Challenges Faced by Single Parents and Their Children

Single parenting is a challenging experience that puts much emotional, physical, and financial pressure on both adults and their children. Members of single-parent families often face significant challenges in acquiring support and resources (Allen & Eby, 2016). Evidence suggests that they experience higher work-life balance pressures than members of traditional families do, and have low levels of family functioning. Children growing in single-parent families often lack proper attention and support because their parents have to work hard to make their living (Allen & Eby, 2016). They may also face stereotyping and discrimination in the society, which in turn adversely affect their well-being. In this essay, the researcher explores the challenges faced by both parents and children and argues that the society needs to offer more financial and psychological support to these households.

Experience of single-parent families depends on numerous factors such as socioeconomic background, culture, educational level, country, and so on; however, there are some common challenges that affect the majority of single-parent households. To begin with, most of parents caring for their children alone have financial problems because they cannot rely on stable two-income salary accessible to traditional families (Allen & Eby, 2016). Parents desperately try to provide for their children and work long hours to make sure their children have everything they need (Sussman and Hanson, 2014). They have to learn how to save money and rely on couponing or even bartering to stay afloat. Naturally, it puts high pressure on single parents, who do not have a right to make mistakes.

Parenting tasks and roles are also challenging to carry out in single-parent households. The problem is that parents spend too much time working and do not have an opportunity to fully participate in their child’s life. It may become a serious problem if there are no other family members (siblings, grandparents, etc.) to support a parent because children are left all by themselves (Sussman and Hanson, 2014). Moreover, research shows that children growing in single-parent families have high risks of being maltreated and abused, mainly because parents are stressed with financial problems and cannot dedicate more time to personal life and quality communication with children. Other common issues faced by single parents include loneliness, fatigue, guilt, and sickness, and these problems affect poverty-stricken communities the most (Allen & Eby, 2016).

It would be wrong to think that only parents suffer in single-parent households. In fact, children are immensely affected by the absence of one of the parents, and they painfully feel their difference compared to their peers (Yarber & Sharp, 2010). First, children feel the lack of attention and support because their parents simply have no time to talk to them heart-to-heart. Second, they suffer low self-esteem and may have low expectations of the world around them. Children growing in single-parent families do not have a good example to follow in their future relationships and may find it difficult to trust people (Yarber & Sharp, 2010). Third, they suffer from financial constraints as well, as their parents often cannot afford paying for quality education, extracurricular activities, traveling, clothes, etc. Finally, they may also demonstrate the lack of discipline and poor academic performance, which cannot be adequately addressed by teachers alone but requires the active involvement of parents.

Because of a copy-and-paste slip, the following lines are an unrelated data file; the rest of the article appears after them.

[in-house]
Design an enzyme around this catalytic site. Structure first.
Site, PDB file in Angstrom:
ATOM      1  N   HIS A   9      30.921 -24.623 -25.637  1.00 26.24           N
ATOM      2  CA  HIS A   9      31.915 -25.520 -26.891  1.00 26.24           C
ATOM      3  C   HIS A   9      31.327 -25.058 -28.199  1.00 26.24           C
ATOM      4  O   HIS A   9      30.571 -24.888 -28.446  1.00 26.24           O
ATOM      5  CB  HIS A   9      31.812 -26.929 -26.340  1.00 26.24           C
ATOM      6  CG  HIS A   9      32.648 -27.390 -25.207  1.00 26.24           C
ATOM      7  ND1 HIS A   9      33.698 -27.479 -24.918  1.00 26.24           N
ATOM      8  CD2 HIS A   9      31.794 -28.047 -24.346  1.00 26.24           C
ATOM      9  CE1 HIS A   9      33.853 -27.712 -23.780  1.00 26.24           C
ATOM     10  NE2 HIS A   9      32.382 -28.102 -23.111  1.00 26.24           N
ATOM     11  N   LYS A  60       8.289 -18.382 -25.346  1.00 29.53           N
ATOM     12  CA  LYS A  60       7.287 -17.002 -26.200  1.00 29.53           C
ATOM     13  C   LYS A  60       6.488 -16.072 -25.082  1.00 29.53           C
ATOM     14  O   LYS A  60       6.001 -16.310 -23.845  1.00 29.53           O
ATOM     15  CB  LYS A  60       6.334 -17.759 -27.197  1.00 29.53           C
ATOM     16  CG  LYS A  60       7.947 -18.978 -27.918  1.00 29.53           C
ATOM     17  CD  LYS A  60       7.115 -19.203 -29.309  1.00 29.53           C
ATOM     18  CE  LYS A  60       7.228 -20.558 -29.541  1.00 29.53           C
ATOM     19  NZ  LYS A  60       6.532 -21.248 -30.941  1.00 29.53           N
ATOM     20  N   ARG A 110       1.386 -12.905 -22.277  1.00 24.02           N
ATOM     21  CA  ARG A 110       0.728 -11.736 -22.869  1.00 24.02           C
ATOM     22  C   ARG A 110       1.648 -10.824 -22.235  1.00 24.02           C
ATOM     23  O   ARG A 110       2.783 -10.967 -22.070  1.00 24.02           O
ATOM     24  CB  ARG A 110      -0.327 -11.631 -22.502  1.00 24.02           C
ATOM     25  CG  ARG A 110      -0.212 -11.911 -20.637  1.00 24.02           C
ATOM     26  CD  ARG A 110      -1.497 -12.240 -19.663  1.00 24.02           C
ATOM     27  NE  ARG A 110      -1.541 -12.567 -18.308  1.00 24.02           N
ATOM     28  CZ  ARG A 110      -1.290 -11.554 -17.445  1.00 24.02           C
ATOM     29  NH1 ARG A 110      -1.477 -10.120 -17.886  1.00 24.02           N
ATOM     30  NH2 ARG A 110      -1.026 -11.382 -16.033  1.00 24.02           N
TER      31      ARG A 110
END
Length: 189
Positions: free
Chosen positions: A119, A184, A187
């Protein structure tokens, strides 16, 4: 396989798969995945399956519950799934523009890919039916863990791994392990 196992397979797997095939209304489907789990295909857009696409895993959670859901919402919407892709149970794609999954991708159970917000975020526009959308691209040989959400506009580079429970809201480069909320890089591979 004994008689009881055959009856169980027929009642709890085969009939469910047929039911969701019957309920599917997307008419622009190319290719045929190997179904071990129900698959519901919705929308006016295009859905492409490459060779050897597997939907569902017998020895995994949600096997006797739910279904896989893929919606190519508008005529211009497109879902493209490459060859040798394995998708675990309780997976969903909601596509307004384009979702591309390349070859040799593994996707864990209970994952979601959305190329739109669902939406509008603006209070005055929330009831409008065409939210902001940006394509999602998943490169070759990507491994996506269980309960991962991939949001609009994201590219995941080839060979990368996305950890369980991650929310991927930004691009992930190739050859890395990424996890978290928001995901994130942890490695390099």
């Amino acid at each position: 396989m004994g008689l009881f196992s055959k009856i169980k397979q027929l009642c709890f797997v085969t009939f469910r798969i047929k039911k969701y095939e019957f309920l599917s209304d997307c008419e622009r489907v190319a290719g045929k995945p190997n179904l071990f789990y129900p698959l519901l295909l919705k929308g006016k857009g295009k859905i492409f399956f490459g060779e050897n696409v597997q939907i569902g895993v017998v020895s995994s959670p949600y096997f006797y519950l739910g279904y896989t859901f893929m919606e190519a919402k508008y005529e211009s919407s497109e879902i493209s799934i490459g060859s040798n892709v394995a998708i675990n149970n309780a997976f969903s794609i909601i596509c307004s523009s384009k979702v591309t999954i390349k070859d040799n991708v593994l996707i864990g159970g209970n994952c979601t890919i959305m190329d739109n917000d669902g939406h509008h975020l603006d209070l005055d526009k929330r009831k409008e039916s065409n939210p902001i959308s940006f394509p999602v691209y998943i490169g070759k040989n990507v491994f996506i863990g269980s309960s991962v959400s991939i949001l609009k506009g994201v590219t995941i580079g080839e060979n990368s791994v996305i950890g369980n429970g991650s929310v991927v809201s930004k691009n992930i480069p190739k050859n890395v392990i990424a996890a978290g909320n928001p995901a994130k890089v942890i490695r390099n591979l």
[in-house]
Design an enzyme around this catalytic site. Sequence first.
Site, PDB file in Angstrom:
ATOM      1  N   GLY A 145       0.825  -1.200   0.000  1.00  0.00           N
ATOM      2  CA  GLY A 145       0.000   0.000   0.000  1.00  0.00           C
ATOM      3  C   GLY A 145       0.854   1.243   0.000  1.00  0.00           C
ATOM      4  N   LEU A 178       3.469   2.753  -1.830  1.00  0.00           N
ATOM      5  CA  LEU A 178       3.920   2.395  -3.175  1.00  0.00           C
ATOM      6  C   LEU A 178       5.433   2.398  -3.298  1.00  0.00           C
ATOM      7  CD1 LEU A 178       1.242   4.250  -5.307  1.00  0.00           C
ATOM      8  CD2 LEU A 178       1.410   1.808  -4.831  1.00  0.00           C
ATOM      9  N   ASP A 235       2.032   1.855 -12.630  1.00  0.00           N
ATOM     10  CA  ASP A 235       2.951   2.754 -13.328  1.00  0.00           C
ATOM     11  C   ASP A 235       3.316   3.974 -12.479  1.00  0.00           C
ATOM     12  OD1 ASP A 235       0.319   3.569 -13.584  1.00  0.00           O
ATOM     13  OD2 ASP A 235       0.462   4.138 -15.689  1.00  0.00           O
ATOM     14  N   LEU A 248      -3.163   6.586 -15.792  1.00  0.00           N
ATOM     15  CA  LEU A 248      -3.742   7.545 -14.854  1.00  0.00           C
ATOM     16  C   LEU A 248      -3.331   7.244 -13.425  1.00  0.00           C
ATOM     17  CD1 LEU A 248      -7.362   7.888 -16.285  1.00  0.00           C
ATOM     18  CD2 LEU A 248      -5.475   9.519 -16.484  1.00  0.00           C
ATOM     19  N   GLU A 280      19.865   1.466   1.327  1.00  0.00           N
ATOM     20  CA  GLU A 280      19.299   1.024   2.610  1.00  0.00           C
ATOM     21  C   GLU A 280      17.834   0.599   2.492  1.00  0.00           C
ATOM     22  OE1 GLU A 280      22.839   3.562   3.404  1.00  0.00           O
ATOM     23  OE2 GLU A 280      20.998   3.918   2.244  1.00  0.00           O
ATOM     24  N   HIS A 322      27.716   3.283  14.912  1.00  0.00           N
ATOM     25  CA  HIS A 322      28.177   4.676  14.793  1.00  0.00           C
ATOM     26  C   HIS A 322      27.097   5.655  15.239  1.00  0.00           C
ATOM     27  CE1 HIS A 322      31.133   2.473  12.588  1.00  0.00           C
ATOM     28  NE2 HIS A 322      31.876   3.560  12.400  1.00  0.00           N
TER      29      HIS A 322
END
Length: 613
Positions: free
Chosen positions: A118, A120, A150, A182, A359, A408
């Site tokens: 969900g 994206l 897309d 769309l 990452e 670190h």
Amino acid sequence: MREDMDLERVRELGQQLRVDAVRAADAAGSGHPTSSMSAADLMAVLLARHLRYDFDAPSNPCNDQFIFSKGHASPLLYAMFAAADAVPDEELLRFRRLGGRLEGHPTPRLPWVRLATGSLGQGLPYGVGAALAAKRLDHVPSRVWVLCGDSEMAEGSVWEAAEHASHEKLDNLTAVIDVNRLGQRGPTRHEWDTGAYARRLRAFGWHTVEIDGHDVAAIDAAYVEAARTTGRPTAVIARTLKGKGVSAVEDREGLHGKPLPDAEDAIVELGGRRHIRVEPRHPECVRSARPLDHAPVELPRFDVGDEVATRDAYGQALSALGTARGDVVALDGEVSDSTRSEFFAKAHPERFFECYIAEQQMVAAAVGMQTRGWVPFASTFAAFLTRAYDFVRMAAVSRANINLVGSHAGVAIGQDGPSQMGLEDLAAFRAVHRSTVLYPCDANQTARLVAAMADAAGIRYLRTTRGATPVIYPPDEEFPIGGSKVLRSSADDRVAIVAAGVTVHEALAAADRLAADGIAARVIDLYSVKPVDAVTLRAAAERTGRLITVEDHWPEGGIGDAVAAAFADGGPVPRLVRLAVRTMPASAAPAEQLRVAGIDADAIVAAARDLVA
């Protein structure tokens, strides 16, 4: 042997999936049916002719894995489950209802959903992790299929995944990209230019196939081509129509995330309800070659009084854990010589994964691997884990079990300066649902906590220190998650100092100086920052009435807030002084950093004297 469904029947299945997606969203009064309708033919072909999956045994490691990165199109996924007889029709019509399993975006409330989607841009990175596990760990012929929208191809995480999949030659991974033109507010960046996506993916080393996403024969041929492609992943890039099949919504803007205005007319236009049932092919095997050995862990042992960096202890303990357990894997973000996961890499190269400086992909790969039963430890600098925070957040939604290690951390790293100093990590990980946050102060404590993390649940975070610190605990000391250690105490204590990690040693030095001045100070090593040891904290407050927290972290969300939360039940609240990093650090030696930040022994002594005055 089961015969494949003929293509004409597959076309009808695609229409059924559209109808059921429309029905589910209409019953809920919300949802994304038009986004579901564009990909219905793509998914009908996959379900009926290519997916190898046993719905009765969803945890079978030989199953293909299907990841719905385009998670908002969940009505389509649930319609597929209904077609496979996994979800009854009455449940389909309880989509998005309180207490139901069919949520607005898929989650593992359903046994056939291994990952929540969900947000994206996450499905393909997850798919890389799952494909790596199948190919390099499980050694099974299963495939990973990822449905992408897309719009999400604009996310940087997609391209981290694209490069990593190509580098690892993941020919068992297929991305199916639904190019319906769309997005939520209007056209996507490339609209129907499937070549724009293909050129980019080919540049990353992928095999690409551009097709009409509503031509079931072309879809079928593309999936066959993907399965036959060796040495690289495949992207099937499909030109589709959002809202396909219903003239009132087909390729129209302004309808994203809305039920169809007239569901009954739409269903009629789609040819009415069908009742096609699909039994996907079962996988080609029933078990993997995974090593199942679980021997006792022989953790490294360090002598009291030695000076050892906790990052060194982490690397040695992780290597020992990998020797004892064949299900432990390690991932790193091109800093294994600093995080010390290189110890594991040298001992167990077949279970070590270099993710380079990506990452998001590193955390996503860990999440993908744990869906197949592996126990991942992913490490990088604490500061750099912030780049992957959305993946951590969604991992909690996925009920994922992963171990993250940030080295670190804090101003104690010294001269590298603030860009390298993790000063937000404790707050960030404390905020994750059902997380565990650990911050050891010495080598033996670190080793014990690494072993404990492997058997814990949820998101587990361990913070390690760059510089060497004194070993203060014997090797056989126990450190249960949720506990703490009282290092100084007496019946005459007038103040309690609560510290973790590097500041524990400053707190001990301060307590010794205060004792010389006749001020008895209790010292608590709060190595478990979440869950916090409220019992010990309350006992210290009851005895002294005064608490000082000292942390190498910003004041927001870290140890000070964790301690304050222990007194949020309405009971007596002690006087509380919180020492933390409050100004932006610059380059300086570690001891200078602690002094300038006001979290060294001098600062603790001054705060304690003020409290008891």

Thus, the evidence shows that single parenthood is the problem that affects both parents and children. It leads to the low quality of life and puts high emotional pressure on all household members. Therefore, the researcher strongly believes that the government should introduce more effective and integrated policies to support single-parent families. As far as the researcher is concerned, it is important not only to provide financial support but also make sure that both parents and children do not face stigmatization and discrimination. They need to have opportunities to live fuller lives and have confidence in their future.

 

Disclaimer:

This single parent struggle argumentative essay explores the challenges of single parenthood and argues that more efforts should be made to support single-parent households. It is an example of how argumentative essay can be successfully used to speak about pressing social issues. If you do not need argumentative essay samples but want to obtain an original essay on a similar topic, our qualified writers will do it for you quickly and efficiently.

 

References

Allen, T. D., & Eby, L. T. (2016). The Oxford handbook of work and family. Oxford: Oxford University Press.

Sussman, M. B., & Hanson, S. (2014). Single parent families: Diversity, myths and realities. London: Routledge.

Yarber, A. D., & Sharp, P. M. (2010). Focus on single-parent families: Past, present, and future. Santa Barbara, CA: ABC-CLIO.

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